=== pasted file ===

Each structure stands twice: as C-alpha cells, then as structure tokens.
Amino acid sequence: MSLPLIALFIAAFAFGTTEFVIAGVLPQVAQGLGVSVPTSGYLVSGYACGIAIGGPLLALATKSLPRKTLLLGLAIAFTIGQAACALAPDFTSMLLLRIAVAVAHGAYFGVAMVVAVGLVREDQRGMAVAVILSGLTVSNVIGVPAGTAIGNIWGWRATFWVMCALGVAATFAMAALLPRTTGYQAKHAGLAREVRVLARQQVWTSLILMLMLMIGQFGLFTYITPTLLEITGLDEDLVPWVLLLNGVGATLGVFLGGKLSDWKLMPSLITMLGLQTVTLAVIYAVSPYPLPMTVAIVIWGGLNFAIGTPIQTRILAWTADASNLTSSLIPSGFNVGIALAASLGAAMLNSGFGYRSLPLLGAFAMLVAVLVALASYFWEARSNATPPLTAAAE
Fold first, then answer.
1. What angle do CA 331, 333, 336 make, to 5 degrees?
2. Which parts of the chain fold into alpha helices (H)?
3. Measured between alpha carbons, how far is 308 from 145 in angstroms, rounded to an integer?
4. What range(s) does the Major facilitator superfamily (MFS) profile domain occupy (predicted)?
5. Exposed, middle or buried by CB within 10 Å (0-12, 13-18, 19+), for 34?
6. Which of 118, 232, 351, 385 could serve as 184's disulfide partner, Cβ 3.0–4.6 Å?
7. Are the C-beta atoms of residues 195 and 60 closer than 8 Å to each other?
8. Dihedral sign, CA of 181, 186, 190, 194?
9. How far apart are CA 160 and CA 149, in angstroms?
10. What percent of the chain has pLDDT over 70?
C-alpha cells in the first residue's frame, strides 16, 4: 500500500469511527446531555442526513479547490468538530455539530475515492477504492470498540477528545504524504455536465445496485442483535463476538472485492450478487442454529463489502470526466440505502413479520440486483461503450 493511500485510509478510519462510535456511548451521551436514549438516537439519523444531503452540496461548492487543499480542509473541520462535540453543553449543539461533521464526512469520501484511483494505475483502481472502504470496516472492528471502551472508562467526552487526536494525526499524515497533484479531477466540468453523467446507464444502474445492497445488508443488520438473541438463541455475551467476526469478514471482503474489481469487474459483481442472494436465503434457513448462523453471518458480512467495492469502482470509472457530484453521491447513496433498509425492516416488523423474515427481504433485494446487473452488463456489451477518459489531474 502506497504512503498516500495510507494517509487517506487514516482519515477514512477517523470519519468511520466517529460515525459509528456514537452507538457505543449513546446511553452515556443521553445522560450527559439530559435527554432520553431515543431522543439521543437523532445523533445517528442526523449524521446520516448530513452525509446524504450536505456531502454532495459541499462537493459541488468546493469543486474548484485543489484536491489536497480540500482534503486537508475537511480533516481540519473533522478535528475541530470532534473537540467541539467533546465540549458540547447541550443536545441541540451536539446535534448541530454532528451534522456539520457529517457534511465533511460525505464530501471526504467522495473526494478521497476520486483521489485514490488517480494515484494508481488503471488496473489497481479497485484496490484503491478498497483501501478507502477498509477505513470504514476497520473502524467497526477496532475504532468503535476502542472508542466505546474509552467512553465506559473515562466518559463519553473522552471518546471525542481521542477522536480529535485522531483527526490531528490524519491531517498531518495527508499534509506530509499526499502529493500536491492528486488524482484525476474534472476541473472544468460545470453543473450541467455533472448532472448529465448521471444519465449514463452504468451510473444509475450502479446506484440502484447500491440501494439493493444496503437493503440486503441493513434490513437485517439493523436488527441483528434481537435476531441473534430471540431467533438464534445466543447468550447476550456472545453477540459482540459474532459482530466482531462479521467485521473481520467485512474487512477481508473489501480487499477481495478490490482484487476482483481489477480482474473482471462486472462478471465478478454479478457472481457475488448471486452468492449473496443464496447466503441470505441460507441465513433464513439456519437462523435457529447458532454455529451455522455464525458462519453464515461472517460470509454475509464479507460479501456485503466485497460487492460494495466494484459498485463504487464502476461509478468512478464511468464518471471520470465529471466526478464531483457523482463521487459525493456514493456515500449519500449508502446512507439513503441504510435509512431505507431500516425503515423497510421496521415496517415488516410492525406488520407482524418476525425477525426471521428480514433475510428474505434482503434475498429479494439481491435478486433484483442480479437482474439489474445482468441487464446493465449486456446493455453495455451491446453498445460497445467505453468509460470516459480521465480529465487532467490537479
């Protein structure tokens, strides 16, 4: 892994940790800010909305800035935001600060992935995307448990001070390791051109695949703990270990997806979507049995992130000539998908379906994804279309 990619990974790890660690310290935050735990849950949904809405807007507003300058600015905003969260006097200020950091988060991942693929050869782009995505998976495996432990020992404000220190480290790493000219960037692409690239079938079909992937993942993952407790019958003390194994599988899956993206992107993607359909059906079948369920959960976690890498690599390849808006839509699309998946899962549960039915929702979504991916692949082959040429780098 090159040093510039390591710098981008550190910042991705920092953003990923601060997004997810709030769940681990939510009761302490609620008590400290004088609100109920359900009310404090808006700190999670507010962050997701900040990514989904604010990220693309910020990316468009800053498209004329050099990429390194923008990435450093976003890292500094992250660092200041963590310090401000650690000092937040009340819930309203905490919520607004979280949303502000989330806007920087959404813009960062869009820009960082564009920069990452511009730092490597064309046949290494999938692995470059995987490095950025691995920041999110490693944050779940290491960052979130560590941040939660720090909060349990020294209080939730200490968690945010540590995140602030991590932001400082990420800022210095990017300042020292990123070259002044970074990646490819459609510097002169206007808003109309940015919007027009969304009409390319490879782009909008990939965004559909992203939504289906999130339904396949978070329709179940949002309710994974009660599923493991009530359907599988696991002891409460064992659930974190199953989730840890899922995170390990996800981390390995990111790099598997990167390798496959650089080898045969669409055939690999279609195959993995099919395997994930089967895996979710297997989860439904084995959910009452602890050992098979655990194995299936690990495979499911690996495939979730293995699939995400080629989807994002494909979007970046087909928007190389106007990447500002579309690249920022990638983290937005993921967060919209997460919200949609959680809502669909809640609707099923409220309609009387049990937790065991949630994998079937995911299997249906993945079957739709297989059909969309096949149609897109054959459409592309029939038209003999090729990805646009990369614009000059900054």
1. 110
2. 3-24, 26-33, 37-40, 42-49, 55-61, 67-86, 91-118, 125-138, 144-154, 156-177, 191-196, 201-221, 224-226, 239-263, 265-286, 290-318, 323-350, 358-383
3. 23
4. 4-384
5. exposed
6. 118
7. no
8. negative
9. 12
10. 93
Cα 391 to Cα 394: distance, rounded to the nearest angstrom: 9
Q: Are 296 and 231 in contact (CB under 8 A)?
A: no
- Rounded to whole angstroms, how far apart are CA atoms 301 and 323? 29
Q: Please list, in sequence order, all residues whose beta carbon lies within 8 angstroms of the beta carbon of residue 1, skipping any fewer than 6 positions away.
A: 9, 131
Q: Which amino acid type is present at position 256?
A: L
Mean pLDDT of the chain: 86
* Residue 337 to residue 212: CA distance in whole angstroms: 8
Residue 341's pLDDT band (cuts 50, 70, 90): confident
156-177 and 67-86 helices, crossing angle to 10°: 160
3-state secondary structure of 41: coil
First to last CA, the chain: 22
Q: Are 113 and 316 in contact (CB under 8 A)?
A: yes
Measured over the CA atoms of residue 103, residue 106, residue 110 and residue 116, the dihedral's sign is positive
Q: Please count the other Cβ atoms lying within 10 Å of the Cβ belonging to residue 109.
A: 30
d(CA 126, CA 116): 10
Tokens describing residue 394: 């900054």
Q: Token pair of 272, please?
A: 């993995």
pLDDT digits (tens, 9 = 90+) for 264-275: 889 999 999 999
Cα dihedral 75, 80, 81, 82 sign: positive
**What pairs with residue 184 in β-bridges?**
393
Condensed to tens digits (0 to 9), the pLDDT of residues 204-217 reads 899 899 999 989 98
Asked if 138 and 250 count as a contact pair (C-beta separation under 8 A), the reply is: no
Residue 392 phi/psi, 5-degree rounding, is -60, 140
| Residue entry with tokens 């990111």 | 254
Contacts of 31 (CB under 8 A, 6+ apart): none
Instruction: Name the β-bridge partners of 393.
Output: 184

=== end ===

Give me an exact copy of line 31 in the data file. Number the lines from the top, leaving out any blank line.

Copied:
A: 9, 131